1. On entering, greet the salesperson with “Bonjour, madame,” or “Bonjour, monsieur,” and make eye contact.

2. Pay with coins—or small-denomination notes—unless you’re spending 20 euros or more.

3. Don’t fumble with excessive questions in bad French. If you can, listen as the people in line ahead of you order, and borrow a phrase or two.

4. Specify sliced or not sliced: tranché or pas tranché.

5. If you’re eating alone, ask for a half-size demi baguette.

6. Depending on your preference, ask for a baguette that’s bien cuite (well cooked and crusty) or pas trop cuite (soft and slightly doughy on the inside).

7. Whole grain bread, tourtes (meat pies), and miches (round white loaves) are often sold by weight, so you can either specify a quantity in grams or simply ask for une demi (half) or un quart (quarter).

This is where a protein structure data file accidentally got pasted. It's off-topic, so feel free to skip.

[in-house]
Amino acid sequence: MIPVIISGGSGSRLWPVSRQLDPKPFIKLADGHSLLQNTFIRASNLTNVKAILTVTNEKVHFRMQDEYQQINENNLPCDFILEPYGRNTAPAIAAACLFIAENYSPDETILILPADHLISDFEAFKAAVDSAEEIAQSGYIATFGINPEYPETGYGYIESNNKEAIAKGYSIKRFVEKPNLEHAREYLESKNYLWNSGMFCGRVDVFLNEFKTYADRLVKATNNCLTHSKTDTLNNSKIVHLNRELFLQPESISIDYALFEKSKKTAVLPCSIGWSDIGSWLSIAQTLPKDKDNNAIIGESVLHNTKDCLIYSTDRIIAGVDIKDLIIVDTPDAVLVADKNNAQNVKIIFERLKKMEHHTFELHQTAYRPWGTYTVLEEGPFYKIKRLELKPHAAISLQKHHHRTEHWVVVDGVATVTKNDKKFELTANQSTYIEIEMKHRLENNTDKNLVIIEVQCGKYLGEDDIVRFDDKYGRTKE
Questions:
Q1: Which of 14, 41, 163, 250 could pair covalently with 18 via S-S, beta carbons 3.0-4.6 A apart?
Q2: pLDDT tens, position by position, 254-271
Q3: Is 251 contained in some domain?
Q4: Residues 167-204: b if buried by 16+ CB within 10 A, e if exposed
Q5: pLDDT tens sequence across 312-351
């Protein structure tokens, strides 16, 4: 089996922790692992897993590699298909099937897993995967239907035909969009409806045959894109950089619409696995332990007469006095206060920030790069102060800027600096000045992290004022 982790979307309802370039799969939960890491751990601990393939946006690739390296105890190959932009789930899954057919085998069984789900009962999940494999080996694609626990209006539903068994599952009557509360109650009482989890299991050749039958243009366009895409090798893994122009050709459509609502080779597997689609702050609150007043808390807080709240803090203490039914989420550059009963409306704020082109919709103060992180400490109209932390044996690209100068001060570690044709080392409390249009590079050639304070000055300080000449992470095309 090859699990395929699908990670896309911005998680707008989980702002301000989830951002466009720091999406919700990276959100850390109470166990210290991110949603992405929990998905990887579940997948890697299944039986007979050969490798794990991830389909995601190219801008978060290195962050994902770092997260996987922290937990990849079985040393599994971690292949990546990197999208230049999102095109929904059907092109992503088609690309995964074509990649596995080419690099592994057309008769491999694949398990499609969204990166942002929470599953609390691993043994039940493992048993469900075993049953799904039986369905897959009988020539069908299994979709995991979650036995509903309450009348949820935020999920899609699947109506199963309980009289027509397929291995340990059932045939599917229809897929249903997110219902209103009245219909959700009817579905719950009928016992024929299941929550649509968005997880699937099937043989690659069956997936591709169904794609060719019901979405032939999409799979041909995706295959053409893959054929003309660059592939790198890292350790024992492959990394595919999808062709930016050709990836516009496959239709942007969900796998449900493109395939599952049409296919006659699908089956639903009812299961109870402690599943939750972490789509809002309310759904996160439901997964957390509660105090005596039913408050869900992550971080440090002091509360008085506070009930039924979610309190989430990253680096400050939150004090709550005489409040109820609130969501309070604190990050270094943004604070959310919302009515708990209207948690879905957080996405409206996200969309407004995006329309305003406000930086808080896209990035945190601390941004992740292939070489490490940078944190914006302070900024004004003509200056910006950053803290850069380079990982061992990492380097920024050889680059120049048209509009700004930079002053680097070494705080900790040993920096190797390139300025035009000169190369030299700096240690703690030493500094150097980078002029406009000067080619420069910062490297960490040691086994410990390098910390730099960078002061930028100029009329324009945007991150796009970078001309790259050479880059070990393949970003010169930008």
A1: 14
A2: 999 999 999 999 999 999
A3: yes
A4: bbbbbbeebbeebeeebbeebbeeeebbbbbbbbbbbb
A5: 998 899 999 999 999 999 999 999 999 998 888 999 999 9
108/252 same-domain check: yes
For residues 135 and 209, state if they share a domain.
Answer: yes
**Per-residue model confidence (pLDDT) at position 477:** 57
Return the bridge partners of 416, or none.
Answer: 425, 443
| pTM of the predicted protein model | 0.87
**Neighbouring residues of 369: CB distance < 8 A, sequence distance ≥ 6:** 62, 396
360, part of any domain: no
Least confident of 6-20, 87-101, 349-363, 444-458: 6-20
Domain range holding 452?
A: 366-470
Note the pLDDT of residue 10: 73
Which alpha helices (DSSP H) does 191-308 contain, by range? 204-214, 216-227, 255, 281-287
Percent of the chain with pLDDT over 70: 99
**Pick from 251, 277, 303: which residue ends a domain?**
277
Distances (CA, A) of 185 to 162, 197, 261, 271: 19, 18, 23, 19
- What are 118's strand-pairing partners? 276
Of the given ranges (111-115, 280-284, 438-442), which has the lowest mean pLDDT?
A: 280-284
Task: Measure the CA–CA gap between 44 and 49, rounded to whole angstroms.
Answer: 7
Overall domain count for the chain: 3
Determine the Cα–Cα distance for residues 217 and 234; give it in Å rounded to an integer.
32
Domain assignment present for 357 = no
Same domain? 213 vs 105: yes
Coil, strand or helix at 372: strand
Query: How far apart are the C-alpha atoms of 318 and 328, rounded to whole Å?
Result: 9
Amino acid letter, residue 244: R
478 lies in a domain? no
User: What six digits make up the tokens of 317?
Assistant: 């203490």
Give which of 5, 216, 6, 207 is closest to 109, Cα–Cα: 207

8. While salespeople don’t allow customers to dither over bread, feel free to take your time and ask questions about the more costly cakes and fruit tarts.

9. Shop during the weekend for specialty breads such as kugelhopf or large sugared brioches.

10. To get the freshest bread, some French people routinely visit their bakeries twice a day. Look for displayed baking times.

11. Ask for pains bio (organic loaves), which are increasingly common.

12. Those with gluten intolerance can ask for pain sans gluten.

13. Close out your visit with “Merci, au revoir. Bonne journée!”

Read “Time to Rise,” Samuel Fromartz’ account of apprenticing with a Paris boulanger. This appeared in the premiere issue, 2009. Photo by Brian Doben.